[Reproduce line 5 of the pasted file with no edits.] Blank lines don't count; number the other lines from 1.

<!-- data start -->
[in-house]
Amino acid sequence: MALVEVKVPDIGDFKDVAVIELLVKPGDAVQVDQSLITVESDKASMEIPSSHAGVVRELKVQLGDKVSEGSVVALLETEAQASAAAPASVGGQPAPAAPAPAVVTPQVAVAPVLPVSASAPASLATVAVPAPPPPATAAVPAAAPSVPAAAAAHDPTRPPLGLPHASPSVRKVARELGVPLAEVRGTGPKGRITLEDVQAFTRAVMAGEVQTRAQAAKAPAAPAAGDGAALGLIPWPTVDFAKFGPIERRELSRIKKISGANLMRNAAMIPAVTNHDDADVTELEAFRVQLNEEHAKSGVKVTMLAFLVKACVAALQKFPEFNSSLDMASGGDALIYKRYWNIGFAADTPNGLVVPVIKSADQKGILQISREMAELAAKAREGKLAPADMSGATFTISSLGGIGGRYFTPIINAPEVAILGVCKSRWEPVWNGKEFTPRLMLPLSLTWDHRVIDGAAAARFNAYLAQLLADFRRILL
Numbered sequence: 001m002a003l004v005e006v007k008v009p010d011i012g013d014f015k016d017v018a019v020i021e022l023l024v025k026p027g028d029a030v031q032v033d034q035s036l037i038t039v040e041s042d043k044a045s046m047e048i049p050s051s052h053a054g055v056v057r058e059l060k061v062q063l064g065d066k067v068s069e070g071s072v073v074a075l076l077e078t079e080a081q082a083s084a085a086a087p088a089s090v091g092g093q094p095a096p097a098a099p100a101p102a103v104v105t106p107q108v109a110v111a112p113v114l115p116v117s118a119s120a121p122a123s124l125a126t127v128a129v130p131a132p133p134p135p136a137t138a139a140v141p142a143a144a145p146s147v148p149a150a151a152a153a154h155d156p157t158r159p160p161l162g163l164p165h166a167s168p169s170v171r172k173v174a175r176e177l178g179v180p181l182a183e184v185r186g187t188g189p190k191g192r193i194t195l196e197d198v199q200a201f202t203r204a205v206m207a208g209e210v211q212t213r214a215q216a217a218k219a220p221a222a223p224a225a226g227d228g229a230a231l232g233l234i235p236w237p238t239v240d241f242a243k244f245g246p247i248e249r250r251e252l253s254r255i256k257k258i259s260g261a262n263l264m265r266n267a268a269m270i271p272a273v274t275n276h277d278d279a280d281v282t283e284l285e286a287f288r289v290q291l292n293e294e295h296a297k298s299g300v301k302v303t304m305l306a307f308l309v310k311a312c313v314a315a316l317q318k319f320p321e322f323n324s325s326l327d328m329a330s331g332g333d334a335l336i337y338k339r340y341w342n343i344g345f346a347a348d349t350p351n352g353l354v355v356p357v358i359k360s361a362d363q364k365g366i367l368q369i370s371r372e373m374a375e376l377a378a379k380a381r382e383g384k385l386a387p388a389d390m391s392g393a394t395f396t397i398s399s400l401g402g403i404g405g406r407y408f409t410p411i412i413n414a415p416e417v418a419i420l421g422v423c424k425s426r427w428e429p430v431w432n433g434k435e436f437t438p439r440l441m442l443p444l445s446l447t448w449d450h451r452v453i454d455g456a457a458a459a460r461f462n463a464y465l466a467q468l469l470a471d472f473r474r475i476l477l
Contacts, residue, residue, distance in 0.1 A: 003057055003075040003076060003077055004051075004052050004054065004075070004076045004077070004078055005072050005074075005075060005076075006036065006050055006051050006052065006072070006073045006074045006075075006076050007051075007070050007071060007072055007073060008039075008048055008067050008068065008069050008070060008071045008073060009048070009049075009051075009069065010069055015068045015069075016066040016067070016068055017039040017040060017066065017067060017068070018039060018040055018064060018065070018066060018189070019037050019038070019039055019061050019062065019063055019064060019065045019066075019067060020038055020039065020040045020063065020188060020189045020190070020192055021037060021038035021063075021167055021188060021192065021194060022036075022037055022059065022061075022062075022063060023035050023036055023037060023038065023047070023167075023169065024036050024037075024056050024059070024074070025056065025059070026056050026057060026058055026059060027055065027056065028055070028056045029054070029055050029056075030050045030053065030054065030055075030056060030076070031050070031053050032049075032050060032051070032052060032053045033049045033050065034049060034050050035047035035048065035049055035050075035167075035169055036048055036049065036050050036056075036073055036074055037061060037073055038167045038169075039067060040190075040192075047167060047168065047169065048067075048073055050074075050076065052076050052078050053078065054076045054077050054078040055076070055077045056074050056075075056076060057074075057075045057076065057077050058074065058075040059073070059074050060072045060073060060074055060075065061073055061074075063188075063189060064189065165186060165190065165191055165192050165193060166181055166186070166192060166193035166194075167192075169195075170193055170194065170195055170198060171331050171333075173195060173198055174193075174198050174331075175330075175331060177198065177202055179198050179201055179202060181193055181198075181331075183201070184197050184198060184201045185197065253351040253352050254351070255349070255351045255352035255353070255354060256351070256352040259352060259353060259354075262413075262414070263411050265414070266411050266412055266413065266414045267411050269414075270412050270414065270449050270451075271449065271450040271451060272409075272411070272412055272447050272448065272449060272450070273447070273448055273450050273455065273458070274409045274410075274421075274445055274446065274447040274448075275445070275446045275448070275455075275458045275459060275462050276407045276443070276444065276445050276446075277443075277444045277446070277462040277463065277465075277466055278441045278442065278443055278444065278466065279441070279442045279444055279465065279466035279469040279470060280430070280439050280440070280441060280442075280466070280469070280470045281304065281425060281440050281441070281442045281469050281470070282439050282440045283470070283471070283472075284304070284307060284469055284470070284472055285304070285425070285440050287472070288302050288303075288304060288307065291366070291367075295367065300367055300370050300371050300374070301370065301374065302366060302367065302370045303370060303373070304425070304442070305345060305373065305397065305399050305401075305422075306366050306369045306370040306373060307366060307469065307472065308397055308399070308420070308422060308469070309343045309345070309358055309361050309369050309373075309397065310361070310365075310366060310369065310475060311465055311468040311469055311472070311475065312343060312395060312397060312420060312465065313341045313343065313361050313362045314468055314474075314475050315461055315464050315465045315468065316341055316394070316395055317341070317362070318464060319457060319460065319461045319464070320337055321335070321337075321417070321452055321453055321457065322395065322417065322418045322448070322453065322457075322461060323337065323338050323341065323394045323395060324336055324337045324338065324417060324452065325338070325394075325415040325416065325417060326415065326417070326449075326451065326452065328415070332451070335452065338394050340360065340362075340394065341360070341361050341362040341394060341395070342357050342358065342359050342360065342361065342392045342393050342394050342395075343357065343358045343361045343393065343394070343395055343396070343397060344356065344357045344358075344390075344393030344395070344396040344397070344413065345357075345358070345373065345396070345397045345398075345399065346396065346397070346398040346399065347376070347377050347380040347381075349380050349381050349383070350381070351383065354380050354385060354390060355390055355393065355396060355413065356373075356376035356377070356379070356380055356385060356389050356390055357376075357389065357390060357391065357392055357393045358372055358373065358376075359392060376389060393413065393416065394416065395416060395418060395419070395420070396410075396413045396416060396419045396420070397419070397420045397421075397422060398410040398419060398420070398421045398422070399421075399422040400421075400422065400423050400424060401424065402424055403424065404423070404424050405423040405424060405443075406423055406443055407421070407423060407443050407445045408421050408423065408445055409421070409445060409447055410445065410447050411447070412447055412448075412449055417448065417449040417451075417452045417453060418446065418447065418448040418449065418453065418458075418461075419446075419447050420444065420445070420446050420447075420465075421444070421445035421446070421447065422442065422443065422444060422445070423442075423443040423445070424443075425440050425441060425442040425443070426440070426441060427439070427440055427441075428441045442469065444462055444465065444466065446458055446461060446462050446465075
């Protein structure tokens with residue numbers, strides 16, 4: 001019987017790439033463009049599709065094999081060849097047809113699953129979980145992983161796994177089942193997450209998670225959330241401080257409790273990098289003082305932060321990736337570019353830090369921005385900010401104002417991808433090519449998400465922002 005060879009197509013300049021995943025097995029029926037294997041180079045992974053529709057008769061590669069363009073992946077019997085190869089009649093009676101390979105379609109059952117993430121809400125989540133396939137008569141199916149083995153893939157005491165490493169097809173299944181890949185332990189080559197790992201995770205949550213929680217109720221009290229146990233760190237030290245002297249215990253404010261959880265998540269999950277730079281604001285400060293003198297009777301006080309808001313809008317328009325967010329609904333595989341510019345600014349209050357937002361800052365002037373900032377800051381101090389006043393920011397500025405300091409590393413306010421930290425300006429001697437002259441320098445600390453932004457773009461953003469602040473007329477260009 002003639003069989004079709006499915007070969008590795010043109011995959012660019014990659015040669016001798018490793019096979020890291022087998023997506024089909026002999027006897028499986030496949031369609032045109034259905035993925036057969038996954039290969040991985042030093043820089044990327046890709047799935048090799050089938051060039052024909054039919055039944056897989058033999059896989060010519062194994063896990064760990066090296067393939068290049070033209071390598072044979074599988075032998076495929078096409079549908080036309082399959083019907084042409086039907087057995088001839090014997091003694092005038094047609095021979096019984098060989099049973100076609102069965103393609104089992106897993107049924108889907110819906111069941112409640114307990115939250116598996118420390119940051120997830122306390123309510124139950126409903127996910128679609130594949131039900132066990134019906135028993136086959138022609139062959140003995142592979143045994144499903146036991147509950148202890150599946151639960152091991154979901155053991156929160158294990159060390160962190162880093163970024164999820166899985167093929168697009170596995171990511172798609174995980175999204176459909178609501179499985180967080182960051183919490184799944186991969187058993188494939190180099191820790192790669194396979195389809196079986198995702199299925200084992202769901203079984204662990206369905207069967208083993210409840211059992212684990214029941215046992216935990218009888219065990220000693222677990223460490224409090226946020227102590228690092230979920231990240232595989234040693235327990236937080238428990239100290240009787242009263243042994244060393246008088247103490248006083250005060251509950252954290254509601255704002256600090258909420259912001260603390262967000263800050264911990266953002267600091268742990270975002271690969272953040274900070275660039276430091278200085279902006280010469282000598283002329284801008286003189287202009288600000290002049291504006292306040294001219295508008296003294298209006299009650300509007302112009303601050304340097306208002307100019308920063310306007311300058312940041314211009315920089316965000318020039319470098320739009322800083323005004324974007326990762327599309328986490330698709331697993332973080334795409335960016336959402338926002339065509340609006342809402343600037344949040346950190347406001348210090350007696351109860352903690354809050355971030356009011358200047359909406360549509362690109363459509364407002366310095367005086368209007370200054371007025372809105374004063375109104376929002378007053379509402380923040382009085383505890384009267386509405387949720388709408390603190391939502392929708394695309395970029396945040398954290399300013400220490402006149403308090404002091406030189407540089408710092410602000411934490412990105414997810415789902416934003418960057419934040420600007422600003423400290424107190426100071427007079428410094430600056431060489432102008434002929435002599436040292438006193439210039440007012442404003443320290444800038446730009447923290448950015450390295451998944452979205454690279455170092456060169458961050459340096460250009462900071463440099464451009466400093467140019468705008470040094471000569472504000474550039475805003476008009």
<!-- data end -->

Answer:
């Protein structure tokens with residue numbers, strides 16, 4: 001019987017790439033463009049599709065094999081060849097047809113699953129979980145992983161796994177089942193997450209998670225959330241401080257409790273990098289003082305932060321990736337570019353830090369921005385900010401104002417991808433090519449998400465922002 005060879009197509013300049021995943025097995029029926037294997041180079045992974053529709057008769061590669069363009073992946077019997085190869089009649093009676101390979105379609109059952117993430121809400125989540133396939137008569141199916149083995153893939157005491165490493169097809173299944181890949185332990189080559197790992201995770205949550213929680217109720221009290229146990233760190237030290245002297249215990253404010261959880265998540269999950277730079281604001285400060293003198297009777301006080309808001313809008317328009325967010329609904333595989341510019345600014349209050357937002361800052365002037373900032377800051381101090389006043393920011397500025405300091409590393413306010421930290425300006429001697437002259441320098445600390453932004457773009461953003469602040473007329477260009 002003639003069989004079709006499915007070969008590795010043109011995959012660019014990659015040669016001798018490793019096979020890291022087998023997506024089909026002999027006897028499986030496949031369609032045109034259905035993925036057969038996954039290969040991985042030093043820089044990327046890709047799935048090799050089938051060039052024909054039919055039944056897989058033999059896989060010519062194994063896990064760990066090296067393939068290049070033209071390598072044979074599988075032998076495929078096409079549908080036309082399959083019907084042409086039907087057995088001839090014997091003694092005038094047609095021979096019984098060989099049973100076609102069965103393609104089992106897993107049924108889907110819906111069941112409640114307990115939250116598996118420390119940051120997830122306390123309510124139950126409903127996910128679609130594949131039900132066990134019906135028993136086959138022609139062959140003995142592979143045994144499903146036991147509950148202890150599946151639960152091991154979901155053991156929160158294990159060390160962190162880093163970024164999820166899985167093929168697009170596995171990511172798609174995980175999204176459909178609501179499985180967080182960051183919490184799944186991969187058993188494939190180099191820790192790669194396979195389809196079986198995702199299925200084992202769901203079984204662990206369905207069967208083993210409840211059992212684990214029941215046992216935990218009888219065990220000693222677990223460490224409090226946020227102590228690092230979920231990240232595989234040693235327990236937080238428990239100290240009787242009263243042994244060393246008088247103490248006083250005060251509950252954290254509601255704002256600090258909420259912001260603390262967000263800050264911990266953002267600091268742990270975002271690969272953040274900070275660039276430091278200085279902006280010469282000598283002329284801008286003189287202009288600000290002049291504006292306040294001219295508008296003294298209006299009650300509007302112009303601050304340097306208002307100019308920063310306007311300058312940041314211009315920089316965000318020039319470098320739009322800083323005004324974007326990762327599309328986490330698709331697993332973080334795409335960016336959402338926002339065509340609006342809402343600037344949040346950190347406001348210090350007696351109860352903690354809050355971030356009011358200047359909406360549509362690109363459509364407002366310095367005086368209007370200054371007025372809105374004063375109104376929002378007053379509402380923040382009085383505890384009267386509405387949720388709408390603190391939502392929708394695309395970029396945040398954290399300013400220490402006149403308090404002091406030189407540089408710092410602000411934490412990105414997810415789902416934003418960057419934040420600007422600003423400290424107190426100071427007079428410094430600056431060489432102008434002929435002599436040292438006193439210039440007012442404003443320290444800038446730009447923290448950015450390295451998944452979205454690279455170092456060169458961050459340096460250009462900071463440099464451009466400093467140019468705008470040094471000569472504000474550039475805003476008009």